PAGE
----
Forwarders to face margin challenge after year of volume growth
27 / 06 / 2017
The global freight forwarding market is estimated to have grown by 2.7% last year, but revenues were down and margin pressure is expected to intensify over the next five years.
Analyst Transport Intelligence’s (Ti) Global Freight Forwarding 2017 report found that the global forwarding market is estimated to have grown by 2.7% in real terms on the back of demand growth in 2016.
The report found that there regional and modal variances in volume performance, with airfreight growth in China thought to have been robust, while maritime cargo growth was much weaker.
Conversely, the US saw moderate expansion in seafreight as airfreight growth faltered.
However, the report also found that collapsing air and seafreight rates – on the back of excess capacity and lower oil prices − caused revenues to “fall significantly”.
These findings mirror the key takeaways in Air Cargo News’ annual wrap-up of the world’s largest airfreight forwarders published last week.
While revenues were down, gross profits were up as the decline in forwarders’ buy rates was larger than that of the sell rates they offered to customers.
A survey contained within the report also found that forwarders expect margin pressure – excluding rate and volume effects − to intensify over the next five years.
Investment in technology and offering new/more value-added services is thought to be the best way to try and sustain margins, the survey found.
The report also looks at technologies that are changing the industry and the impact of digitalisation.
Ti analyst Alex Le Roy said: “The research we have conducted indicates that there is substantial demand for online interfaces which allow forwarders to better serve shippers.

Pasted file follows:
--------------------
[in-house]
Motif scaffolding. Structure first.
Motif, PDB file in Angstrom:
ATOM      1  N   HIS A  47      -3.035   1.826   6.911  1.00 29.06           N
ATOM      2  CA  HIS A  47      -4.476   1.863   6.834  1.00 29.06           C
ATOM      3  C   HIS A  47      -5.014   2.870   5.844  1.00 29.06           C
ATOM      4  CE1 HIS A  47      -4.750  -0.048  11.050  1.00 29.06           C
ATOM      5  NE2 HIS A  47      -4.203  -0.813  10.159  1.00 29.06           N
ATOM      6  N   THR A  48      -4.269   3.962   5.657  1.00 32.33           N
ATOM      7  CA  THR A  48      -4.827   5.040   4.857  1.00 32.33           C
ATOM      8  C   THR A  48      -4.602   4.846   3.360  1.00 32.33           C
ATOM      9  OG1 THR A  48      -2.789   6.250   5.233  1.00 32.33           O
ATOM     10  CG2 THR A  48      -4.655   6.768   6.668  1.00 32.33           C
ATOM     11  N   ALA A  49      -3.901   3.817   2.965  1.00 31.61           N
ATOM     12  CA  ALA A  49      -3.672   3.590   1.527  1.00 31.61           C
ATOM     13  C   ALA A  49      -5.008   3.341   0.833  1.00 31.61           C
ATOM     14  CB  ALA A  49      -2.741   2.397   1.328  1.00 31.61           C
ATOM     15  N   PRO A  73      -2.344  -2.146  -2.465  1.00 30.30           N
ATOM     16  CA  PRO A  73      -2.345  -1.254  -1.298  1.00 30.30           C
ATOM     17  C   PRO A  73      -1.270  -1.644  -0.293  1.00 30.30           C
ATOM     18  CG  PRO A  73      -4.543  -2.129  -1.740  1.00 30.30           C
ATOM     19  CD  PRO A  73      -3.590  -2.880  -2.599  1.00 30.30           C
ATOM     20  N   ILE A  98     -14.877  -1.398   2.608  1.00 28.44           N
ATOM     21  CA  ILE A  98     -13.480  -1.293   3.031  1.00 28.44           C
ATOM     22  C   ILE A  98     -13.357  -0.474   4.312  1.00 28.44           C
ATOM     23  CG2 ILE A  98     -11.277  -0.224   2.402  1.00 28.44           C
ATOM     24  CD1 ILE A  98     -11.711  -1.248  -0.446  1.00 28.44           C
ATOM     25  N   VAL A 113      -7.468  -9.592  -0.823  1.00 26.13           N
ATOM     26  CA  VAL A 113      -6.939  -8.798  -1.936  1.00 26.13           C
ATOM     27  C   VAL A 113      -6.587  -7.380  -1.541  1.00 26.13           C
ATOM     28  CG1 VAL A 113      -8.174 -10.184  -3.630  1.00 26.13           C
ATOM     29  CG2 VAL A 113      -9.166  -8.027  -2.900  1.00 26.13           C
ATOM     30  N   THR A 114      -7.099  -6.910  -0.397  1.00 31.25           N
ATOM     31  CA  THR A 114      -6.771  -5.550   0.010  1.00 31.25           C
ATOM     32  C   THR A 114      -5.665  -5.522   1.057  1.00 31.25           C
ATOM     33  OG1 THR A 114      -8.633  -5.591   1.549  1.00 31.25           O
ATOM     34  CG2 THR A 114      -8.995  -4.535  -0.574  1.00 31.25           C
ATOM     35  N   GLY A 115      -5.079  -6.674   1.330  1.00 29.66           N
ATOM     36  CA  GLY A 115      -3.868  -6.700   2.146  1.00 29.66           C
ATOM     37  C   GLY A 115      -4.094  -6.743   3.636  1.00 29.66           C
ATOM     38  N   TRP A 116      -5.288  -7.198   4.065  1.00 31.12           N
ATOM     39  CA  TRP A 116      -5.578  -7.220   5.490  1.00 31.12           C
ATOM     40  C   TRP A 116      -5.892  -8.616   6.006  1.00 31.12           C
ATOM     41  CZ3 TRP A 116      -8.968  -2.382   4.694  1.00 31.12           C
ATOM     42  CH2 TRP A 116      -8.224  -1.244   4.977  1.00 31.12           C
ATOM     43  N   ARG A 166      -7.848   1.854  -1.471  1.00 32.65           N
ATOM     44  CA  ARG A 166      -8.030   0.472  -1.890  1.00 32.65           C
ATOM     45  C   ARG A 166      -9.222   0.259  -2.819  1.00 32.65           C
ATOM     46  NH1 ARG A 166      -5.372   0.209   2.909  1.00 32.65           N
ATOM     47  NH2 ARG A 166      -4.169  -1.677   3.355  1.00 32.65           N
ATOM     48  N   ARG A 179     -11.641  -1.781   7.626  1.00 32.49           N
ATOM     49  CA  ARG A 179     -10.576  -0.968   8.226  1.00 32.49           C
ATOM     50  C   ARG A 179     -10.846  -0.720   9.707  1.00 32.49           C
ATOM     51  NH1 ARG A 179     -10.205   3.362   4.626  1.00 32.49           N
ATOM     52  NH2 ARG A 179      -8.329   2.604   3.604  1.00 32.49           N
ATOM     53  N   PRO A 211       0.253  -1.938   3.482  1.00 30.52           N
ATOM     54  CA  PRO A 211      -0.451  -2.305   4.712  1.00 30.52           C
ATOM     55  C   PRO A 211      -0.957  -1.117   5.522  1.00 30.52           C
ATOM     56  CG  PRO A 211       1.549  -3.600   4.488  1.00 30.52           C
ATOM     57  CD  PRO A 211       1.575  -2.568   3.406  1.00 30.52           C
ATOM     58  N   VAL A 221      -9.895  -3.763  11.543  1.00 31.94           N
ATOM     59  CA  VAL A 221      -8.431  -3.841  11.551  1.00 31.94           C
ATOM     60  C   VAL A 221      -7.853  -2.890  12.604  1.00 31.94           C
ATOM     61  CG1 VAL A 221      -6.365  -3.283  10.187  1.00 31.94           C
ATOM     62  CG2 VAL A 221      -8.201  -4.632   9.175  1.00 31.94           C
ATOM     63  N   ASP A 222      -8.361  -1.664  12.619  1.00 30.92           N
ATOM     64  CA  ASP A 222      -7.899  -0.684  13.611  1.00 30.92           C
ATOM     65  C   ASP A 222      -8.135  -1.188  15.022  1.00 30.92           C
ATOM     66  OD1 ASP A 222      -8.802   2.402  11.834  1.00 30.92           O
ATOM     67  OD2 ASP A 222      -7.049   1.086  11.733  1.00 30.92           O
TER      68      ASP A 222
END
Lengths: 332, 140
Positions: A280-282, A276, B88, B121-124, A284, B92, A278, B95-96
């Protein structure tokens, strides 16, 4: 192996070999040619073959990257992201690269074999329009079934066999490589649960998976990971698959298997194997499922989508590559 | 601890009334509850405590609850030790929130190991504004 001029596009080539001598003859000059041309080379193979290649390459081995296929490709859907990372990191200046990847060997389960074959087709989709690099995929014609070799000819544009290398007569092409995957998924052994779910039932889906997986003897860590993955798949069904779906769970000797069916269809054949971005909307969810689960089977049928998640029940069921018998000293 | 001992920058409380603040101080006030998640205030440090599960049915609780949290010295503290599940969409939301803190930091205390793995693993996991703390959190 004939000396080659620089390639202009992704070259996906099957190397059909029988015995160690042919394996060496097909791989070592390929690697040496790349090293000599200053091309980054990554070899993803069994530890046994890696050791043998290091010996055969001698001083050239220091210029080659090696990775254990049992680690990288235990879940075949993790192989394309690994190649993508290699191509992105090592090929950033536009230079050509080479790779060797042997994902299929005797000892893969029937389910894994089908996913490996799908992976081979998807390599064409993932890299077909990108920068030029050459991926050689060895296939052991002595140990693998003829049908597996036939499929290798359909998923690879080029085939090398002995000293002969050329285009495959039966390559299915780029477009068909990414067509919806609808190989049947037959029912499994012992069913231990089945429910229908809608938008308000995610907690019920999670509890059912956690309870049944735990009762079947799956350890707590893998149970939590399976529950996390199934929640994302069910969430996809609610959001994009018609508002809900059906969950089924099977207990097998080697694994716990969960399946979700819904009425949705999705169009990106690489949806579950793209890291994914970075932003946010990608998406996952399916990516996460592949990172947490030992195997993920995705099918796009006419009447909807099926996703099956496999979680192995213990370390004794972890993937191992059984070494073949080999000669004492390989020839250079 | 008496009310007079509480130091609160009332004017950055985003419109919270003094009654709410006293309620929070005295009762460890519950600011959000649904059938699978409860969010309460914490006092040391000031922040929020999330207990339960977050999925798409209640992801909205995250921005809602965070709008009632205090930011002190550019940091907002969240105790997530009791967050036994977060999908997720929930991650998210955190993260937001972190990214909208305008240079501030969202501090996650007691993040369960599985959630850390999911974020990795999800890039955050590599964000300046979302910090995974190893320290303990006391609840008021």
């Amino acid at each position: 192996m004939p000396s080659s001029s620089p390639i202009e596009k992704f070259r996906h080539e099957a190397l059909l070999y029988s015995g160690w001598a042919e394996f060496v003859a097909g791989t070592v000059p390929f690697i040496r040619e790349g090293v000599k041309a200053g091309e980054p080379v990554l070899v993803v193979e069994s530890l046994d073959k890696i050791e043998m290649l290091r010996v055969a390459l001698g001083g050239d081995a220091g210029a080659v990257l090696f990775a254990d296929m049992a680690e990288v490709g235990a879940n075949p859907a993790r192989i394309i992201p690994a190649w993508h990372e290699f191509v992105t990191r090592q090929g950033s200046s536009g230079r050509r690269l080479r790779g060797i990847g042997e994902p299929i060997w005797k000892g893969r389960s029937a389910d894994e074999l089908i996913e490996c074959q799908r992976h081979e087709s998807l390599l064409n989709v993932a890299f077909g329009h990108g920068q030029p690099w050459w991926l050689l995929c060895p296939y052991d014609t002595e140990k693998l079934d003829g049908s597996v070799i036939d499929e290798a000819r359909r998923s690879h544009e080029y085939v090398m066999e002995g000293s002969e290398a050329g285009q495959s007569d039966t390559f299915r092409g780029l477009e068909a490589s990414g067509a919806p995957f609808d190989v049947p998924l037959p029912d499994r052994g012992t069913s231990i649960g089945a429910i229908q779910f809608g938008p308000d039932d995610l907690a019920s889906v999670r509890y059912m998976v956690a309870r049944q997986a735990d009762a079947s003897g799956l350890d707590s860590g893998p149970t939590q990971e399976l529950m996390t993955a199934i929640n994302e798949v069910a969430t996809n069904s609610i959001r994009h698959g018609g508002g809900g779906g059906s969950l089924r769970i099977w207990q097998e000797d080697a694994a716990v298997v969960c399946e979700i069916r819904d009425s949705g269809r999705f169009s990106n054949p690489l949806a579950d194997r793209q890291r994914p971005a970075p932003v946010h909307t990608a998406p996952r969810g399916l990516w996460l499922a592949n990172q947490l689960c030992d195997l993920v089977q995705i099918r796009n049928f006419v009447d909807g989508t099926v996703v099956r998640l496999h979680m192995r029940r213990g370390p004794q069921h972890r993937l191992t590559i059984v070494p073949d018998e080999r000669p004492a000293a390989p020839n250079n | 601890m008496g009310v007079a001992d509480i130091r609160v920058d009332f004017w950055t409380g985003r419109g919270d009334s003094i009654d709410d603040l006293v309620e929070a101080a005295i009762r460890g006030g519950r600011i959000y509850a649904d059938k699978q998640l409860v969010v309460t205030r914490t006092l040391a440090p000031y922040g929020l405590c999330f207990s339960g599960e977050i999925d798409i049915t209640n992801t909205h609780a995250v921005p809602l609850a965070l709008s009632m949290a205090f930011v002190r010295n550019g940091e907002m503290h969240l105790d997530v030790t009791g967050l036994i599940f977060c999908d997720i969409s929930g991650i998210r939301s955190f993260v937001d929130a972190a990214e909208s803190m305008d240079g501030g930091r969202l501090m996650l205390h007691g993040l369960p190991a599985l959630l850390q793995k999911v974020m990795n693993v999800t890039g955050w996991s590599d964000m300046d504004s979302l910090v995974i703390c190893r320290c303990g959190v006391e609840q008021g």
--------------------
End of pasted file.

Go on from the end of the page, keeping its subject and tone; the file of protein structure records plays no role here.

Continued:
"Nonetheless, it is clear that the scope of these solutions, in terms of geographic coverage for example, needs to broaden in order for them to deliver value.
“This will occur, but we are now bearing witness to a race for scale among the start-ups.”
The report also found that despite the perception that start-ups will have to dethrone incumbent logistics providers in order to succeed, the reality is that most of these emerging companies are set up to enhance or support today's successful forwarders.
“Nonetheless, a few of the more ambitious companies pose a direct threat, and their disruptive potential should not be taken lightly,” Ti said.
In a foreword to the report, Ti chief executive Professor John Manners-Bell, asserted that the forwarding sector is facing a challenging time, not least because the global economic environment has remained volatile and difficult to anticipate, though this was nothing new and the sector had always coped well in such circumstances.
He cautioned however that structural challenges such as trends towards regionalisation and near-sourcing coupled with greater technological demands will prove more difficult to deal with.
“Political, economic and technological pressure will continue to shape the industry in the coming year," he said.
“One thing is certain, whether large or small, freight forwarders will need to remain agile if they are to flourish in an uncertain and complex world.”